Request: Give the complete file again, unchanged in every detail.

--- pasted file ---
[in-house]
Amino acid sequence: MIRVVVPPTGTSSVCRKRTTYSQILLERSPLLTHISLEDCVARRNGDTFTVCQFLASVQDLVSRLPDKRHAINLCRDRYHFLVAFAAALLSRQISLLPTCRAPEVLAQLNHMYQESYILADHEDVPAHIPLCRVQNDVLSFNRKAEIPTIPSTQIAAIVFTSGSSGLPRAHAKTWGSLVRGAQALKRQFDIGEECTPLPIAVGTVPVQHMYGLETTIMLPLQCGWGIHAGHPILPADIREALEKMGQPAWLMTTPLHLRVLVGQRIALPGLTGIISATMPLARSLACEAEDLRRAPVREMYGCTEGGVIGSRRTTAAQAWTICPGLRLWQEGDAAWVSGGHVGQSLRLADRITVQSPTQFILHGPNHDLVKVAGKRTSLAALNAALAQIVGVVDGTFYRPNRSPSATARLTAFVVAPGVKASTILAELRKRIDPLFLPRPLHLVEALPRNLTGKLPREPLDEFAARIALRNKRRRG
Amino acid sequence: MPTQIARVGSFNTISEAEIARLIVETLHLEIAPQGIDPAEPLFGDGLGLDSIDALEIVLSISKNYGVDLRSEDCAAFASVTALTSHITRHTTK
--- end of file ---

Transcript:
[in-house]
Amino acid sequence: MIRVVVPPTGTSSVCRKRTTYSQILLERSPLLTHISLEDCVARRNGDTFTVCQFLASVQDLVSRLPDKRHAINLCRDRYHFLVAFAAALLSRQISLLPTCRAPEVLAQLNHMYQESYILADHEDVPAHIPLCRVQNDVLSFNRKAEIPTIPSTQIAAIVFTSGSSGLPRAHAKTWGSLVRGAQALKRQFDIGEECTPLPIAVGTVPVQHMYGLETTIMLPLQCGWGIHAGHPILPADIREALEKMGQPAWLMTTPLHLRVLVGQRIALPGLTGIISATMPLARSLACEAEDLRRAPVREMYGCTEGGVIGSRRTTAAQAWTICPGLRLWQEGDAAWVSGGHVGQSLRLADRITVQSPTQFILHGPNHDLVKVAGKRTSLAALNAALAQIVGVVDGTFYRPNRSPSATARLTAFVVAPGVKASTILAELRKRIDPLFLPRPLHLVEALPRNLTGKLPREPLDEFAARIALRNKRRRG
Amino acid sequence: MPTQIARVGSFNTISEAEIARLIVETLHLEIAPQGIDPAEPLFGDGLGLDSIDALEIVLSISKNYGVDLRSEDCAAFASVTALTSHITRHTTK